Freshman Eden Sharp went to the rally with some school friends. 

“I try to take action whenever the opportunity is present; so, when my friend Anna told me about the rally, I instantly said I would be there,” Sharp said. “The rally taught me that change is not brought with ease; it is a long fight that must be endured.”

The rally not only enabled students to voice their own opinions on abortion rights and the possibility of Roe v. Wade getting overturned, but it also allowed them to hear from other women spreading information about more things than just abortion rights and injustices. 

“I decided to attend the rally because I’m very passionate about reproductive healthcare and feminism in general,” Ball said. “I learned about different organizations in Atlanta aimed at helping the underserved achieve reproductive healthcare and representation.”

She feels the freedom of our country and everything we stand for is represented by the injustices happening in our world, and how we as people decide to handle them. Hutcherson cited statistics showing 70% support for Roe v. Wade, according to Pew Research. 

“For over 30 years, support for Roe v. Wade has never dropped below 50%,” Hutcherson said. “By removing abortion rights, you are acting against the will of the people. The United States of America is supposed to be a free, promising place where one can pursue their dreams. If you truly believed in the statement ‘Liberty and Justice for all,’ then you would not be doing this.” 

Jackson told the crowd about the different resources offered at FWHC. 

“Every part of our humanity is at stake when policymakers try to intervene in our ability to make choices for our own lives,” Jackson said. “At FWHC, we’ve been providing abortion care since 1976; so, shortly after the Roe decision was originally heard in the court, we opened up and started providing care, but we didn’t stop at that. We offer transgender health services and hormone therapy, we offer contraceptive services for people who are trying to prevent pregnancy, fertility and insemination services for people, but have been turned away because of the identities that they hold.”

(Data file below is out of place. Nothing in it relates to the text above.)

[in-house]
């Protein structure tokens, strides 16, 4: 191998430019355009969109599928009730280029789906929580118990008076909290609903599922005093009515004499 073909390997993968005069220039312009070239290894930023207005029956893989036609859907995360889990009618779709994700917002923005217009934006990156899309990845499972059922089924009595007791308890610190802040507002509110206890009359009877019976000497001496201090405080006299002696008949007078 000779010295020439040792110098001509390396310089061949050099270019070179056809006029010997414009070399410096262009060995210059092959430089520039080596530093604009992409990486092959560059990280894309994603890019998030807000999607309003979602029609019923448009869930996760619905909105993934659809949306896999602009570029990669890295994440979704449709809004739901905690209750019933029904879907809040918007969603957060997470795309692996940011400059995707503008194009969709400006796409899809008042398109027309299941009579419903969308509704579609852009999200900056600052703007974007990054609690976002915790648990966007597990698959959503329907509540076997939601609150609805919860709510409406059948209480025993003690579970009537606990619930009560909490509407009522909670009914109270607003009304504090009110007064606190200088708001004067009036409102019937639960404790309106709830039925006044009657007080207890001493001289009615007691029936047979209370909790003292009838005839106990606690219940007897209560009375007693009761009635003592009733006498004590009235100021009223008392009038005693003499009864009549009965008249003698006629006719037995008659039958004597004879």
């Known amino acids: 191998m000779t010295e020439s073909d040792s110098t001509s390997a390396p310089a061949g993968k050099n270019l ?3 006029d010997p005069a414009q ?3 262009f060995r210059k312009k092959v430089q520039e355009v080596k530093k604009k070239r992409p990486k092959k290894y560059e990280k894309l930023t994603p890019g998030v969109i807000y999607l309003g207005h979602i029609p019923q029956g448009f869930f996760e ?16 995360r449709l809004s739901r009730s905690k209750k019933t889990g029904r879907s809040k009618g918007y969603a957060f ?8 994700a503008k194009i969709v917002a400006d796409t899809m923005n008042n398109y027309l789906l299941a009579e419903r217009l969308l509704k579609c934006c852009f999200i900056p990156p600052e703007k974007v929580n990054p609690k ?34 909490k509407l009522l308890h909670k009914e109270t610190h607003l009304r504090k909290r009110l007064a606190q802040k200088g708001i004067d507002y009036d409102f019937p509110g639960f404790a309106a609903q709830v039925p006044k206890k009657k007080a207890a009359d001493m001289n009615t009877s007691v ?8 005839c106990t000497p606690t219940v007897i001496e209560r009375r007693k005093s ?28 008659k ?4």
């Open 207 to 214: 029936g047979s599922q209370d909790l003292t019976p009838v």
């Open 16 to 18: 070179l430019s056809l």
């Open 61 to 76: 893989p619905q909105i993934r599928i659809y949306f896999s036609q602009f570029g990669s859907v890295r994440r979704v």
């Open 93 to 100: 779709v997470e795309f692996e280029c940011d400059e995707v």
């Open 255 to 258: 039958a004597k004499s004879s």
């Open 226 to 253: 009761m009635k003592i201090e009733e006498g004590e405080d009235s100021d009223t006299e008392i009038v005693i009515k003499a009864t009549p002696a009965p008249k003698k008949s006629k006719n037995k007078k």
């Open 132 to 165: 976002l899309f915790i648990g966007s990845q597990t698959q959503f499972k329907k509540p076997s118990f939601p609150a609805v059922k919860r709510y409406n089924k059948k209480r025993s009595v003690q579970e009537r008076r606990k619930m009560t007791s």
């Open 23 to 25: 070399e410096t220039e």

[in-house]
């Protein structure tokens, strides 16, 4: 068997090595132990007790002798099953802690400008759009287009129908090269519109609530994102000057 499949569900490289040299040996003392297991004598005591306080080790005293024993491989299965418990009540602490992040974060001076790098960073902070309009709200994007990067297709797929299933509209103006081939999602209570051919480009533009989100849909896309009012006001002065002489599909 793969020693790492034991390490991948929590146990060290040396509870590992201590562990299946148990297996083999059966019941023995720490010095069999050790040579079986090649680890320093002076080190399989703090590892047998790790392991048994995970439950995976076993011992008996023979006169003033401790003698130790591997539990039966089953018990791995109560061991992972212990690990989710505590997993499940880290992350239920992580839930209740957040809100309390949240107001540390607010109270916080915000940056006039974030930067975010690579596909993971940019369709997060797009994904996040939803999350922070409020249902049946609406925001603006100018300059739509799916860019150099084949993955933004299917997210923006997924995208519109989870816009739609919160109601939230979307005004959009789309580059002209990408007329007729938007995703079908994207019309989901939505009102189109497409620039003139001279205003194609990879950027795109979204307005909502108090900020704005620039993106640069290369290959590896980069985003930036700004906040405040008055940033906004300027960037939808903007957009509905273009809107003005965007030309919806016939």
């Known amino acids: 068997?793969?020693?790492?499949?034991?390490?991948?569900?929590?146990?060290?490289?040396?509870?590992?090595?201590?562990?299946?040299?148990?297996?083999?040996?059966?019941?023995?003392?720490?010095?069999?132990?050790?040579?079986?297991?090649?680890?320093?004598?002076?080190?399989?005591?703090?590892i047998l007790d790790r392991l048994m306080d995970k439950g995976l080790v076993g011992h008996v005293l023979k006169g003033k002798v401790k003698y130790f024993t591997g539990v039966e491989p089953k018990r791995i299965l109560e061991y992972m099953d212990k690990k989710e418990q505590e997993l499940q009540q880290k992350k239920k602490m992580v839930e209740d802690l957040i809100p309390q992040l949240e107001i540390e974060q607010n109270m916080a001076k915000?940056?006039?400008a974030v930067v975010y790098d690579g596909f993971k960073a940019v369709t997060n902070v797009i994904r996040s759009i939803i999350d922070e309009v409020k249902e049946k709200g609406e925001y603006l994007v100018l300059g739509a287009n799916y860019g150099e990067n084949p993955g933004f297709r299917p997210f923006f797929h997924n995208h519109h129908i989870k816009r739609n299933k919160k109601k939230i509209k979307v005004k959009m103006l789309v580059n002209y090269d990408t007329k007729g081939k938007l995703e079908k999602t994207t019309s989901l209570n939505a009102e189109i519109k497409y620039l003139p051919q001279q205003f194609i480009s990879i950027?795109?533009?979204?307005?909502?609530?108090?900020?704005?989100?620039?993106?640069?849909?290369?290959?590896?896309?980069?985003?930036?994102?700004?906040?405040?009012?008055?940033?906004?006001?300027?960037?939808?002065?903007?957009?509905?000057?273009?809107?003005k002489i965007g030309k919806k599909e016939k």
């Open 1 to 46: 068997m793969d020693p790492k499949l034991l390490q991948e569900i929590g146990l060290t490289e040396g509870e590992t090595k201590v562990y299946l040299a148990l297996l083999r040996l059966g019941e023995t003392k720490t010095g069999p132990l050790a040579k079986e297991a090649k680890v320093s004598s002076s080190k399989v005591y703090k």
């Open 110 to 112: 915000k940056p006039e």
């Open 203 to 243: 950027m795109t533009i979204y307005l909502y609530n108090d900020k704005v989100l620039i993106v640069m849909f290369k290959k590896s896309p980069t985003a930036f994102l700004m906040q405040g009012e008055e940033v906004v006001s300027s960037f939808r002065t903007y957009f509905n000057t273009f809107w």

Sharp spoke about how everyone could be a part of change.

“The rally impacted my thoughts on how a singular person can not make a difference. Hearing others speak out on a decision that affects not just me, but every person in the U.S, felt comforting that change can be brought, even when things feel out of your control,” Sharp said. “To be able to stand with my friends and classmates [while] speaking out about an issue that is important and impactful, really meant a lot.”

 Ikor said many other topics that go hand-in-hand with abortion and reproductive rights.

“This draft demonstrates an extreme view on the liberties granted under the 14th Amendment, most notably the opinion explicitly states its intended implications for contraception access and marriage rights,” Ikor said. “To emphasize, these attacks on abortion access do not exist in a bubble, as many of us are aware there have been numerous anti-LGBTQ, particularly anti-transgender bills that have been introduced across the country and in Georgia.”

Ball said the rally allowed her to have a physical outlet to express her feelings on the issue, rather than just being left alone with her thoughts. 

“It was incredibly meaningful for me to be able to attend the rally, showing my support physically meant a lot to me, especially after most of my interaction in that political sphere was through the internet,” Ball said.